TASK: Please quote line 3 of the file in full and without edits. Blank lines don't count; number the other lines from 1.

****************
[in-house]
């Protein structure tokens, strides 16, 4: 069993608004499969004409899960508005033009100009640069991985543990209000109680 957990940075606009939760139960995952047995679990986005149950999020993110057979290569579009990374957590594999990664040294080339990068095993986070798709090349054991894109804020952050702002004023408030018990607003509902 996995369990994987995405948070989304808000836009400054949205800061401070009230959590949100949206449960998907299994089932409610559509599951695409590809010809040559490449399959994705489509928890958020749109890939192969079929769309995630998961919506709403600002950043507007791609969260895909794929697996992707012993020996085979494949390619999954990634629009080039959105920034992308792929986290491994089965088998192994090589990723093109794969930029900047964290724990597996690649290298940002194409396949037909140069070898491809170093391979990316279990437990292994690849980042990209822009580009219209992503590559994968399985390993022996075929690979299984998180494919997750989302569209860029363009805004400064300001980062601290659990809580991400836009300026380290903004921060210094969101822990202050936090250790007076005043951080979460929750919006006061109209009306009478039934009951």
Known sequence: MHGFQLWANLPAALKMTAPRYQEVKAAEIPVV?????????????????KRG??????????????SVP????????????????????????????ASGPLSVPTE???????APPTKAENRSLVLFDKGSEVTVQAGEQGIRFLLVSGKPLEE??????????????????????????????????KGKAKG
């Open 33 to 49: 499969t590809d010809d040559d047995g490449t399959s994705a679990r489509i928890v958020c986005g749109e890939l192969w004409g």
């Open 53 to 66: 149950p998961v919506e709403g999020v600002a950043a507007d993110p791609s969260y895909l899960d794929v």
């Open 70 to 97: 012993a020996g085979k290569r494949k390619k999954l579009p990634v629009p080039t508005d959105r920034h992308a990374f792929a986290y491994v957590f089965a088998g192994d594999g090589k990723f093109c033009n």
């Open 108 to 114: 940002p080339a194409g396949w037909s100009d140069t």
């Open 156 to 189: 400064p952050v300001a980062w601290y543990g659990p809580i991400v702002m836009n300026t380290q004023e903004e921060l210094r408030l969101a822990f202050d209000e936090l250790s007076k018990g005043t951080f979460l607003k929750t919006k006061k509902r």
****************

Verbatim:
Known sequence: MHGFQLWANLPAALKMTAPRYQEVKAAEIPVV?????????????????KRG??????????????SVP????????????????????????????ASGPLSVPTE???????APPTKAENRSLVLFDKGSEVTVQAGEQGIRFLLVSGKPLEE??????????????????????????????????KGKAKG